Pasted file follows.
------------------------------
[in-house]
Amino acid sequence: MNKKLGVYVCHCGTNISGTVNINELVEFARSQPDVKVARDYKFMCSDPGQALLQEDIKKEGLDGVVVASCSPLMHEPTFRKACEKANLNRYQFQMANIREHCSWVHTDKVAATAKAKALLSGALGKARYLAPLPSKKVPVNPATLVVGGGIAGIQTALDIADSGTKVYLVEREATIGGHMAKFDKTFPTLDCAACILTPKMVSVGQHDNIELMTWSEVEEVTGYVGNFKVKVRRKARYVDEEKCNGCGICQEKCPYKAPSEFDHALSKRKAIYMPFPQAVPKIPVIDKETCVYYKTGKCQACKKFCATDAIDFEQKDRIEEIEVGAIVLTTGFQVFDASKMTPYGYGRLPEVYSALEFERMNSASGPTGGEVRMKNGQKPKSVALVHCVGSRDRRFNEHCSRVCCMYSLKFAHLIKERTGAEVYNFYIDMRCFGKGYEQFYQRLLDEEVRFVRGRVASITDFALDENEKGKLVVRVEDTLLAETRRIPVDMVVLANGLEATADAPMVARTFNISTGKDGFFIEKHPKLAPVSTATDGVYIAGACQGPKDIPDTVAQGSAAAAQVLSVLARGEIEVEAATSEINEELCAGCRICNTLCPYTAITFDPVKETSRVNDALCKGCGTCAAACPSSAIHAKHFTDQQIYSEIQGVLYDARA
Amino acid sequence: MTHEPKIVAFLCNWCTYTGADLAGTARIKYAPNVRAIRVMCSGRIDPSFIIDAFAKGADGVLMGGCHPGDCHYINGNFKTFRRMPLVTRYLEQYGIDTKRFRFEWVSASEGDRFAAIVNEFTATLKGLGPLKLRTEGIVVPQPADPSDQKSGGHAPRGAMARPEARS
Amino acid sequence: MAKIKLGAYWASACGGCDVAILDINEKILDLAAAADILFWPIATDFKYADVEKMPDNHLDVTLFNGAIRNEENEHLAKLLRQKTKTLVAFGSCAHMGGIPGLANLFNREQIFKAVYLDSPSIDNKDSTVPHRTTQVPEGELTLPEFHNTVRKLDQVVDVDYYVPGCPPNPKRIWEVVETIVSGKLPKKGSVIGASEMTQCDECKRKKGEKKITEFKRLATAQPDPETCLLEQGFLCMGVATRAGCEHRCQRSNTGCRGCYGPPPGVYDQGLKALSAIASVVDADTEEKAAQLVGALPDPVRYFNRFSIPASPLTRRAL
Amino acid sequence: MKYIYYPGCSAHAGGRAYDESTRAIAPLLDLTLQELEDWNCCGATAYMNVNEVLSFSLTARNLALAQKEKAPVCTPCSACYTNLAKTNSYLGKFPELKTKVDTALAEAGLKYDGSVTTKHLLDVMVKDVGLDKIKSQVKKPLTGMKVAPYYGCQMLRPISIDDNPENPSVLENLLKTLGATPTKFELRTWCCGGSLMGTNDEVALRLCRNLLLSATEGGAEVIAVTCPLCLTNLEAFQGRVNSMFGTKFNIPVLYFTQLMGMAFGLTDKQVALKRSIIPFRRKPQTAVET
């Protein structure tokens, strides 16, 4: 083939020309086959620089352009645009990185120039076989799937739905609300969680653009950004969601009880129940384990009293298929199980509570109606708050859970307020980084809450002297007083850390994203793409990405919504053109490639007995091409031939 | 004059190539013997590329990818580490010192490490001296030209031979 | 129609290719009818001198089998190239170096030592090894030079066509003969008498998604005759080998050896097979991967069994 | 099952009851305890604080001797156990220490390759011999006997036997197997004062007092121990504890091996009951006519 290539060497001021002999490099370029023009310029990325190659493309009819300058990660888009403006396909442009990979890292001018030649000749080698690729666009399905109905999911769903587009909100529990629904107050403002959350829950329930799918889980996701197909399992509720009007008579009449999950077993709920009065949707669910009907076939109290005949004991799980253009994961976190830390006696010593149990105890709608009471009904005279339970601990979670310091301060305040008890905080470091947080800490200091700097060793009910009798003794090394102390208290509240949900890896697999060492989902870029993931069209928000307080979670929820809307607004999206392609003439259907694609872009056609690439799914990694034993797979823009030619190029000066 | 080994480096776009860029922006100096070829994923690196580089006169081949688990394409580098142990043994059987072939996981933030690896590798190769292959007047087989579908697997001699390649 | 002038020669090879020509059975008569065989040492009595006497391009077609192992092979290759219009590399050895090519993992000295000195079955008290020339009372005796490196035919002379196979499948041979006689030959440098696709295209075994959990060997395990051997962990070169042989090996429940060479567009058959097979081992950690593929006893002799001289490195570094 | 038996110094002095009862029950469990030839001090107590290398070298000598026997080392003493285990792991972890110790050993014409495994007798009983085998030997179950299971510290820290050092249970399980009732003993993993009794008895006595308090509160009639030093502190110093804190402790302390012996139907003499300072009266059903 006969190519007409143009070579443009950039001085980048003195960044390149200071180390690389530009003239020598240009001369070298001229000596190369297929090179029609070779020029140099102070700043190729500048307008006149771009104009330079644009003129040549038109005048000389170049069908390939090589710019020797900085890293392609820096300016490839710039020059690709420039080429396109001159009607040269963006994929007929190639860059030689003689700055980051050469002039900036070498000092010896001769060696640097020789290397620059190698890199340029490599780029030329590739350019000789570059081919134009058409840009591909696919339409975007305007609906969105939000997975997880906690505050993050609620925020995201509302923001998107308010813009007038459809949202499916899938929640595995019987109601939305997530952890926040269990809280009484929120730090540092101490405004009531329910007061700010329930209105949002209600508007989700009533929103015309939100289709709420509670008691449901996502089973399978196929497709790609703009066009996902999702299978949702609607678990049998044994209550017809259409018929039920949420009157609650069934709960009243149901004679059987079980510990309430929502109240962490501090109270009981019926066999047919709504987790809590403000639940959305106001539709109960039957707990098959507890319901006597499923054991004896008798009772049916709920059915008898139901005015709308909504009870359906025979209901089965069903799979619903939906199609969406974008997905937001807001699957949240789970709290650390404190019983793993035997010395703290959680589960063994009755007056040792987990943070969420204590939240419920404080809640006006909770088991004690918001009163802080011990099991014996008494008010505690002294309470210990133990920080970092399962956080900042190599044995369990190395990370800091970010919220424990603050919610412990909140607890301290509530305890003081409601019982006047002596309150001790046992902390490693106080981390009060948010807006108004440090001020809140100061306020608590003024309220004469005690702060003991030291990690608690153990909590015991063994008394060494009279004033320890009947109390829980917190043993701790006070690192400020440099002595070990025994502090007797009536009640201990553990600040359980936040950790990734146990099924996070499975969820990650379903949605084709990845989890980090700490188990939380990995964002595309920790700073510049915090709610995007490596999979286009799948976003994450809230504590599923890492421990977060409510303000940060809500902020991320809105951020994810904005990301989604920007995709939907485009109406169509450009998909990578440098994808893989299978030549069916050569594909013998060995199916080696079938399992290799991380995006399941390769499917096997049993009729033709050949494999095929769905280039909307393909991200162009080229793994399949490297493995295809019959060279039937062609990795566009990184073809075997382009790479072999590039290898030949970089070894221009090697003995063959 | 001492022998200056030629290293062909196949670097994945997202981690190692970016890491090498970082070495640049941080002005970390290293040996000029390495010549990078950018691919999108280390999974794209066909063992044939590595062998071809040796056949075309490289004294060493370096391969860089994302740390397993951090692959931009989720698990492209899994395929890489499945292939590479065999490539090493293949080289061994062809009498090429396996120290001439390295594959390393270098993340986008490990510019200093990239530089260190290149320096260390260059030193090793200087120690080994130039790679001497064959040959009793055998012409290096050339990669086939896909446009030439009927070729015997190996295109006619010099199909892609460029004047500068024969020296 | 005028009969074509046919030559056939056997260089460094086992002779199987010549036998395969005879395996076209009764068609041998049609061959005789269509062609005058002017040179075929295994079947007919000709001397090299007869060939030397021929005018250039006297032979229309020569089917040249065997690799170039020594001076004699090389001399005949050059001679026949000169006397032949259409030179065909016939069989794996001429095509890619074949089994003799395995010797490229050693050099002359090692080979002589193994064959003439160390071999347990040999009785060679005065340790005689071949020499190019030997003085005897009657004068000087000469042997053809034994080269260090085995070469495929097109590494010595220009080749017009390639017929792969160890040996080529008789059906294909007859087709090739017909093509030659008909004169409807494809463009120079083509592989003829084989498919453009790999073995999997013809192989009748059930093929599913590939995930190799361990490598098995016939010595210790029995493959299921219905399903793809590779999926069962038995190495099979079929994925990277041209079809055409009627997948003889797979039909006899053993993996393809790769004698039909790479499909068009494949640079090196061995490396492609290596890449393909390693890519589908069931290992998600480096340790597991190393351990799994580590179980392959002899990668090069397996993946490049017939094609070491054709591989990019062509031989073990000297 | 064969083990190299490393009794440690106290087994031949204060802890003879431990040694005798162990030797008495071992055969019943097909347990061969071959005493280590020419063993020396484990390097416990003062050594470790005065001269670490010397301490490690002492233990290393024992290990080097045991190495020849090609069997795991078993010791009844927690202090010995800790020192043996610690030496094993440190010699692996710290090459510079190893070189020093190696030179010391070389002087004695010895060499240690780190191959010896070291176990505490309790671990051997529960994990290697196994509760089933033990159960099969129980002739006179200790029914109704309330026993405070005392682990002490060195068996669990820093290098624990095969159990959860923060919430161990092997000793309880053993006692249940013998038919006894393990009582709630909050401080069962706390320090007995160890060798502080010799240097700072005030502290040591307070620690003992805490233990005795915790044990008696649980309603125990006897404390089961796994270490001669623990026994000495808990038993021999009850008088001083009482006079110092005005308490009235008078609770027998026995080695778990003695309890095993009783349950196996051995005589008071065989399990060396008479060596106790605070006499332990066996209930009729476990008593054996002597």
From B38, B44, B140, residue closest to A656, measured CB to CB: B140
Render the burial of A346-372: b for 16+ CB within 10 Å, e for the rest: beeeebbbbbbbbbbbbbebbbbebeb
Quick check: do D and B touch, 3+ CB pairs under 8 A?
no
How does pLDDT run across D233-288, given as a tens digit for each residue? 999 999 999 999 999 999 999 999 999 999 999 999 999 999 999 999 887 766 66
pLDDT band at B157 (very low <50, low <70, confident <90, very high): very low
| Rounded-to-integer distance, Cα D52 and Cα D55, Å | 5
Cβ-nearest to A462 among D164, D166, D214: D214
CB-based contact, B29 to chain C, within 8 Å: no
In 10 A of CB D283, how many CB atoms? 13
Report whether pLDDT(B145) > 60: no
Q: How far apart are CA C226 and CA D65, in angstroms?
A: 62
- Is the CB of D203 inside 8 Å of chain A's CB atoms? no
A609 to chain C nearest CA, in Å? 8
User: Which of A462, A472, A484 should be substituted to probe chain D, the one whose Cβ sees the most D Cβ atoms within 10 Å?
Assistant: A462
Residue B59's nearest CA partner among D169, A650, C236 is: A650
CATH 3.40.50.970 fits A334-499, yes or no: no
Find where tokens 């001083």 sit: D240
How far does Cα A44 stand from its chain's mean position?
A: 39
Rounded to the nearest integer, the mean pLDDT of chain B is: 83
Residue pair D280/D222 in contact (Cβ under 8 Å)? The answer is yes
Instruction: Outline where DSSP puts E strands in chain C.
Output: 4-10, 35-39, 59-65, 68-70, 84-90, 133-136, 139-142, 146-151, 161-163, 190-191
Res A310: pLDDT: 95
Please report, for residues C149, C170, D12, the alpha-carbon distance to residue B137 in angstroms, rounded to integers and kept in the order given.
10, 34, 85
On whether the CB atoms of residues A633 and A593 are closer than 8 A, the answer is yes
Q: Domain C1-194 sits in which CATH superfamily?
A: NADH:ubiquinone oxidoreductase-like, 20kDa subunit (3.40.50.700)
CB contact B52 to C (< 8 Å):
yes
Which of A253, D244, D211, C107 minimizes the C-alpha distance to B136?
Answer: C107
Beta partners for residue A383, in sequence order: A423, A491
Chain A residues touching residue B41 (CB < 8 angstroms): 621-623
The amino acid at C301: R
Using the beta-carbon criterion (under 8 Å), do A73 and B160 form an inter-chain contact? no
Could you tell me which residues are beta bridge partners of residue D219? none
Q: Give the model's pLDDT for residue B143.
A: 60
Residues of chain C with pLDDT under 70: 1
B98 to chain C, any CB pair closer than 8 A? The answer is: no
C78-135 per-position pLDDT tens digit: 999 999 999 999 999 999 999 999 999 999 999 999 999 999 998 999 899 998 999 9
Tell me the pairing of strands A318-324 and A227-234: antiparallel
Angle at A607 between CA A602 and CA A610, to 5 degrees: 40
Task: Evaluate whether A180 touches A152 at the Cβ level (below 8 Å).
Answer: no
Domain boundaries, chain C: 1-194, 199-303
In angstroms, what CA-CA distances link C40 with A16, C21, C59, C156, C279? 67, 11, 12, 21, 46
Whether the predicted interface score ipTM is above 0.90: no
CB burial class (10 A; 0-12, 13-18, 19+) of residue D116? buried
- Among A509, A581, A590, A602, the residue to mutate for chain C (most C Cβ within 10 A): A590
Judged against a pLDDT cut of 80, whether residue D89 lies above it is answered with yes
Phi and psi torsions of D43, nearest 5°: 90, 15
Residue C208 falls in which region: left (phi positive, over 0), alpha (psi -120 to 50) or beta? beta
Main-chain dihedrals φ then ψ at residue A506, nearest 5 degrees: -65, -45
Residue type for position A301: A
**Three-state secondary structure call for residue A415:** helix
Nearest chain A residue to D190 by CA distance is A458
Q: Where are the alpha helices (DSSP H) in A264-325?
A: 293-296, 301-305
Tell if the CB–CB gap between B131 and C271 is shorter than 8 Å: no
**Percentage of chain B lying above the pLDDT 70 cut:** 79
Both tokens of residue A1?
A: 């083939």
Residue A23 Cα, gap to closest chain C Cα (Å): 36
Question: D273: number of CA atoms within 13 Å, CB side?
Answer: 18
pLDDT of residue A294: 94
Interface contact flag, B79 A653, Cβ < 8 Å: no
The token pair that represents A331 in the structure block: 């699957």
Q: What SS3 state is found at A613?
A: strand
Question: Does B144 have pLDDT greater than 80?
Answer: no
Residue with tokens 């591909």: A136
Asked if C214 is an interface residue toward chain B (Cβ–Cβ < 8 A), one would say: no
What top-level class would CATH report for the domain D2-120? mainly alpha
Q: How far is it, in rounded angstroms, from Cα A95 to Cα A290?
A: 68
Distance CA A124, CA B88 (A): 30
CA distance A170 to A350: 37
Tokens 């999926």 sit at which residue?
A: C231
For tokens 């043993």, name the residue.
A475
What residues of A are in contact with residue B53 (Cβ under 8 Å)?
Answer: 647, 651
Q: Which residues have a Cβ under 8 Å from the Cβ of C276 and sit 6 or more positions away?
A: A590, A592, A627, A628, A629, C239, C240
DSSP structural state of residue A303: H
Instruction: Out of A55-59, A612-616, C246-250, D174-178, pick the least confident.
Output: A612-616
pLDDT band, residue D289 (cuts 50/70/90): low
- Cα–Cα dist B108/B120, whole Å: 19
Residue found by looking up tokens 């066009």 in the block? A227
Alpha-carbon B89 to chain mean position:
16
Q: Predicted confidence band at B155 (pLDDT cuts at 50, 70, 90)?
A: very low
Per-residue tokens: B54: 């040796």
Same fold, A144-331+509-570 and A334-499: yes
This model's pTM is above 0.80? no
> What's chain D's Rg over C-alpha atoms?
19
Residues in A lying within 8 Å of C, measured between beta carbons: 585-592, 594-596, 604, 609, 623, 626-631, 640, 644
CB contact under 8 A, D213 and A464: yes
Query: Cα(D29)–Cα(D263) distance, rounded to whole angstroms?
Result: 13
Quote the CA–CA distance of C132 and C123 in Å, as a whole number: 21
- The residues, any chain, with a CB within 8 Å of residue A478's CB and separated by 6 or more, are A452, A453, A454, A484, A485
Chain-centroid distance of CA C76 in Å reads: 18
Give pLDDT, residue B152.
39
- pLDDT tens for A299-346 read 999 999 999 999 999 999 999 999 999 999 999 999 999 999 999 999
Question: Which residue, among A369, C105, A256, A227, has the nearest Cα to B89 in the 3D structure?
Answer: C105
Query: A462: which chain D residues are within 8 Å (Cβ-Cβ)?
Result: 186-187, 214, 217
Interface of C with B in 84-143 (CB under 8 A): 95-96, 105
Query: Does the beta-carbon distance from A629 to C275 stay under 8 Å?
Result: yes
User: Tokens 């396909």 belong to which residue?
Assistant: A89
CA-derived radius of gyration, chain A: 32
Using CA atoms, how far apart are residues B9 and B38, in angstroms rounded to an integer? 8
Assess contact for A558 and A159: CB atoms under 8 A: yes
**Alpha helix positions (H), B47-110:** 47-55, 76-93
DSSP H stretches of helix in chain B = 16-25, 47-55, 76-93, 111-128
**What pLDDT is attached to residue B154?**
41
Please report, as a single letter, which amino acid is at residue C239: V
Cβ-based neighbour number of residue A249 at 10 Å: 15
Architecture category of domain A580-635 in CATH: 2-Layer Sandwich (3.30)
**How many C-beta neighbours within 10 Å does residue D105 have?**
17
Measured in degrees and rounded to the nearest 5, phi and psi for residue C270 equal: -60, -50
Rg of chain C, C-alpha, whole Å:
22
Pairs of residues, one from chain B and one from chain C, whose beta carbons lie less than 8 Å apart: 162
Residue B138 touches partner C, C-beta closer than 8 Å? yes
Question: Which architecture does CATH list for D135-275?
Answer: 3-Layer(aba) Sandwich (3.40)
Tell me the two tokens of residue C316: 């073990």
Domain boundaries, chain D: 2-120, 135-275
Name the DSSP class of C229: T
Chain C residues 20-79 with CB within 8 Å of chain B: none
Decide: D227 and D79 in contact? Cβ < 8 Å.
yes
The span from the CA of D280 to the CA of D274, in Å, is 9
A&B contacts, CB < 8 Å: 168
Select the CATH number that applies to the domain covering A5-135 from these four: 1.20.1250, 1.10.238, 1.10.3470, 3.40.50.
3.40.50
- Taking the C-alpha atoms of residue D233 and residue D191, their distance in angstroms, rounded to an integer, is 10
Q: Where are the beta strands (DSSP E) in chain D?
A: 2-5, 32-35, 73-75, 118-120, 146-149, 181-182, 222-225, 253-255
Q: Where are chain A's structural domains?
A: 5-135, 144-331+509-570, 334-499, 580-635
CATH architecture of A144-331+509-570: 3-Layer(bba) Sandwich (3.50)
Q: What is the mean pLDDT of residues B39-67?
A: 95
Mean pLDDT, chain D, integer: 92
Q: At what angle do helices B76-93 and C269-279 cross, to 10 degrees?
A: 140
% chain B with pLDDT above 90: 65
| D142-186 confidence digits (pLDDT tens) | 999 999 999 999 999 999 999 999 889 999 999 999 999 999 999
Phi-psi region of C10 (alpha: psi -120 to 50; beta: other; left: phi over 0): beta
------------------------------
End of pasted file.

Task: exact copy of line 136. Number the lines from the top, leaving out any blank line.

Assess contact for A558 and A159: CB atoms under 8 A: yes